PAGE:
J&K polls: All eys on Handwara seat
Election fever has truly gripped Handwara in the Kashmir Valley after two decades of separatist sentiments. Home to separatist leader Abdul Gani Lone who was killed during a separatist rally in Srinagar on May 21, 2002, Handwara town and the constituency’s villages have borne the brunt of gunfights between security forces and militantsUpdated: Dec 01, 2014 10:04 IST
Election fever has truly gripped Handwara in the Kashmir Valley after two decades of separatist sentiments.
Home to separatist leader Abdul Gani Lone who was killed during a separatist rally in Srinagar on May 21, 2002, Handwara town and the constituency’s villages have borne the brunt of gunfights between security forces and militants.
But fear and uncertainty arising from gunfights and security crackdowns seem to be things of the past as the election campaign touches a new high. A key candidate here is Sajad Lone, Abdul Gani Lone’s younger son.
Sajad fought the 2008 Lok Sabha election from Baramulla in north Kashmir but lost to Sharief-ud-Din Shariq of the National Conference (NC).
Sajad shot into headlines last month when he called on Prime Minister Narendra Modi in New Delhi.
That meeting ruffled many a political feather in Kashmir. His rivals said Sajad had entered into some sort of a pact with the BJP. Sajad has vehemently denied this.
He has, however, not put any rider on his future plans, asserting that he would cross a bridge only when he comes to it.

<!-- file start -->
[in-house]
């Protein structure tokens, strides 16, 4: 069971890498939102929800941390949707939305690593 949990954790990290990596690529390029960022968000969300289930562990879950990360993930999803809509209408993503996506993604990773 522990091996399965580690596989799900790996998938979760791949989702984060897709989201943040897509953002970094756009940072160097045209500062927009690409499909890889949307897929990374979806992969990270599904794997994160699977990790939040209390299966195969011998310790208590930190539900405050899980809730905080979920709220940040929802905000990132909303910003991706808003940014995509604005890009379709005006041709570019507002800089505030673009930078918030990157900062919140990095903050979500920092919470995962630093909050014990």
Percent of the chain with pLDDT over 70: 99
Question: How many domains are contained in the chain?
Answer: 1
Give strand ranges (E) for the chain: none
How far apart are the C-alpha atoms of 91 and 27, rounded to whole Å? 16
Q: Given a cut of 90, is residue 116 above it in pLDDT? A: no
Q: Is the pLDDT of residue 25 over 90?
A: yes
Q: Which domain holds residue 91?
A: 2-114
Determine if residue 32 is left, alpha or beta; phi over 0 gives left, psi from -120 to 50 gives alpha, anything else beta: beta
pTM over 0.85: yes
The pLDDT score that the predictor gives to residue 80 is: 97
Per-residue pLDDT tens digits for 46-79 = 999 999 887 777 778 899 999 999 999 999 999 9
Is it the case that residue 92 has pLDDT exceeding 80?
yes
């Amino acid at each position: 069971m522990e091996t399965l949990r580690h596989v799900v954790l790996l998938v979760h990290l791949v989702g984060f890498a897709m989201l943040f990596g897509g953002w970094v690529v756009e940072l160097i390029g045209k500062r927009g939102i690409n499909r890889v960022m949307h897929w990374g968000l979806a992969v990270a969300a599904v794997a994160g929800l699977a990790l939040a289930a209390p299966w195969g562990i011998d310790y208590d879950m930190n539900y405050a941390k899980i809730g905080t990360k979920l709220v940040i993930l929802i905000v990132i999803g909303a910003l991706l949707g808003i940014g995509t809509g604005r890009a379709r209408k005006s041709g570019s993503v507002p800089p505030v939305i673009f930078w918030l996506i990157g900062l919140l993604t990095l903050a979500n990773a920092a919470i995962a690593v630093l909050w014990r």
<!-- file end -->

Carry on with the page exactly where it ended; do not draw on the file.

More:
Interestingly, Sajad is fighting this election as the People’s Conference candidate, which is represented by Sajad’s younger brother Bilal in the moderate Hurriyat group headed by Mirwaiz Umer Farooq.
Given this background, voters in Handwara are not surprised when Sajad’s wife Asma campaigns for her husband. She is the daughter of Amanullah Khan, the Pakistan-based chairman of Jammu and Kashmir Liberation Front (JKLF). “Good that the lines between mainstream and separatist politics are getting blurred in my constituency to the extent that everybody here is now talking about solving day-to-day problems,” said Umar, a doctor.
Handwara was thrice represented by Sajad’s father -- in 1967, 1972 and 1977.
Sajad’s arch rival, Chowdhary Muhammad Ramzan of the NC, has represented Handwara in the 87-member state assembly four times - in 1983, 1987, 1996 and 2008. Ramzan is now seeking re-election.
Besides Sajad and Ramzan, there are 10 other candidates in the fray, prominent among them the Peoples Democratic Party’s (PDP) Ghulam Mohiuddin Sofi.
Sofi won the 2002 assembly election from here defeating Ramzan and became a minister in the state government headed by PDP patron Mufti Muhammad Sayeed.
In the April-May Lok Sabha election, the People’s Conference candidate polled more votes than the NC and the PDP in the Handwara segment. If the trend persists, Sajad could be a winner.
Even then, the contest is mainly triangular involving Sajad, NC’s Ramzan and PDP’s Sofi. Close to 90,000 people, including 43,321 females, can vote in Handwara constituency at 120 polling stations December 2 in the second round of the five-phase Jammu and Kashmir assembly elections.
First Published: Dec 01, 2014 10:02 IST